The M&S insert points are actually very useful in a mastering context. I patched an old graphic EQ into the 'Difference' side‑chain insert point, with interesting results. In this case, the side signal level increased slightly when I patched the EQ in, but this was easily compensated by turning down the Width control to restore the original level. Adding top boost to the Difference signal brightens anything that's panned left or right in a mix, including stereo effects, but has virtually no effect on centrally panned sounds such as vocals, bass or kick drums. It's particularly interesting to see how the vocal reverb can be changed without affecting the dry part of the vocal sound. Conversely, it's possible to EQ the Sum signal to affect only centrally panned sounds. In a mastering situation, this allows you to make changes to a mix that are quite impossible by conventional means.
The digital I/O will also be appreciated in a mastering context, and though it's fairly basic in terms of the facilities it offers (no dithering or external word clock), it sounds fine and is simple to operate. However, the lack of S/PDIF phono sockets means that you have to make up special XLR‑to‑Phono cables, which is a bit of a pain. I cheated and used my EMO cable tester as a socket conversion box! More professional users may miss not having a word clock input but you can't have everything at this price.
Though the SC4 may seem like a fairly simple device in terms of the controls provided, it is actually a very flexible and sweet‑sounding compressor that can flatter without giving the game away. It has the classic Joemeek sound, albeit tweaked a little for mastering, and the M&S topography gives rock‑steady stereo imaging. The ability to process the middle and side signals separate via the Sum and Difference insert points makes this a very powerful post‑production tool, and having digital I/O enables it to patch easily into a digital workstation environment. Furthermore, the simple stereo width control allows stereo signals to be expanded beyond their normal limits without in any way compromising their mono compatibility. As a simple solution to making mixes sound good, the SC4 must be judged a success.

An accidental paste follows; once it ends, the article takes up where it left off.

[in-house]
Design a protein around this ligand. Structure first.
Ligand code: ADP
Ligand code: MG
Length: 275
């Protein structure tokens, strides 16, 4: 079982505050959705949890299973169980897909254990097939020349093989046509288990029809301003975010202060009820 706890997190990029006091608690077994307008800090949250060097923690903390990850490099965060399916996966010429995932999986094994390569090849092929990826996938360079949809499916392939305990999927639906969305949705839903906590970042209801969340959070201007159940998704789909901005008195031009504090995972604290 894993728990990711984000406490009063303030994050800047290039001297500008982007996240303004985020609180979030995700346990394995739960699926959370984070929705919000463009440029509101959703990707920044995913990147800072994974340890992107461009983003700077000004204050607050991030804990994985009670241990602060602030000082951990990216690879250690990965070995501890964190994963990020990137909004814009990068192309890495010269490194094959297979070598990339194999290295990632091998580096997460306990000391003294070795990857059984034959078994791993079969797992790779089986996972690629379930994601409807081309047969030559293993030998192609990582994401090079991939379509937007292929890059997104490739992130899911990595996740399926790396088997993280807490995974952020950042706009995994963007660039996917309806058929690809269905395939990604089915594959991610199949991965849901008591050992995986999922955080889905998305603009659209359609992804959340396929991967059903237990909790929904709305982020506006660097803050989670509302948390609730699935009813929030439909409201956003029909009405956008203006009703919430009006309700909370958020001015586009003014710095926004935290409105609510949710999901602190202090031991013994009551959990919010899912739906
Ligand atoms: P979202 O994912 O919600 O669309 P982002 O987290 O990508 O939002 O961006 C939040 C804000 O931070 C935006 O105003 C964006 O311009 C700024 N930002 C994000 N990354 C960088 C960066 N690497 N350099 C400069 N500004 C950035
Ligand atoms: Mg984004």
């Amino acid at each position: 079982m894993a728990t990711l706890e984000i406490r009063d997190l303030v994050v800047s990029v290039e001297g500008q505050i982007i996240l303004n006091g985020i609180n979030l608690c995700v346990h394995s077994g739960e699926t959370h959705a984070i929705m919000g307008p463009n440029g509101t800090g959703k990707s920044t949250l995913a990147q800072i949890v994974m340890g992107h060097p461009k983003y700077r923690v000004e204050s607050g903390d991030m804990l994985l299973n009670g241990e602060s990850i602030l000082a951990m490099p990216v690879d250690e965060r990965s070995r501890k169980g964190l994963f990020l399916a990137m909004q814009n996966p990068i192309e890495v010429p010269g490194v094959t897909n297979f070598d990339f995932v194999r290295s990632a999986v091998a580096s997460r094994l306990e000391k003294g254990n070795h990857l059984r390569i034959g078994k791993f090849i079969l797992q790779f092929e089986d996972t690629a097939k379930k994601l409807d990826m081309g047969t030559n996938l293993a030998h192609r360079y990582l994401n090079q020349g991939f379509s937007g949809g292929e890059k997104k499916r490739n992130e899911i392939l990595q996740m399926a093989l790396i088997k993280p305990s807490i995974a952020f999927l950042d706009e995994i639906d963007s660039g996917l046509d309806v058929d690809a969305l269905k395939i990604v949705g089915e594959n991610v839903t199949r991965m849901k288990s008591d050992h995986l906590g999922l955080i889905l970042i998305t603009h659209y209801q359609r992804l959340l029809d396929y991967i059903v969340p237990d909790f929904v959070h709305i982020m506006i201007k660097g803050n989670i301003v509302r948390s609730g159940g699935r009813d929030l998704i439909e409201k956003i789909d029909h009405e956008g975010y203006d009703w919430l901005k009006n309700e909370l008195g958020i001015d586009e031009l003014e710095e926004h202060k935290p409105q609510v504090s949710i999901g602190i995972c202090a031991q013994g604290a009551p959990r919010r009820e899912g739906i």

The 'Middle and Side' or M&S microphone technique uses coincident microphones, one pointing forward towards the centre of the soundstage and the other mounted laterally (side to side). The 'middle' mic may be either an omni or cardioid model, while the 'side' mic must be a figure‑of‑eight type. To convert the outputs from these two microphones into left/right stereo, 'sum and difference' matrixing circuitry is used. Adding the outputs from the two mics provides one side of the stereo signal, while subtracting them provides the other — hence the term 'sum and difference decoding'.
It is possible to record the signals from the two microphones directly to tape without decoding, and then decode the signals later — using the SC4, for instance. Not only is this convenient for certain location applications, but it also means that a true mono signal can be obtained simply by using the recording of the centre mic only. M&S miking is often used in recording classical music as well as sound for film and TV work because of its accuracy and absolute mono‑compatibility.
- Optimised to sound good on stereo mixes.
- Still has that Joemeek flattery.
- M&S topography for accurate stereo imaging plus insert points for M&S processing.
- 24‑bit Digital I/O.
- No word clock input.
A truly useful and sweet‑sounding mastering compressor.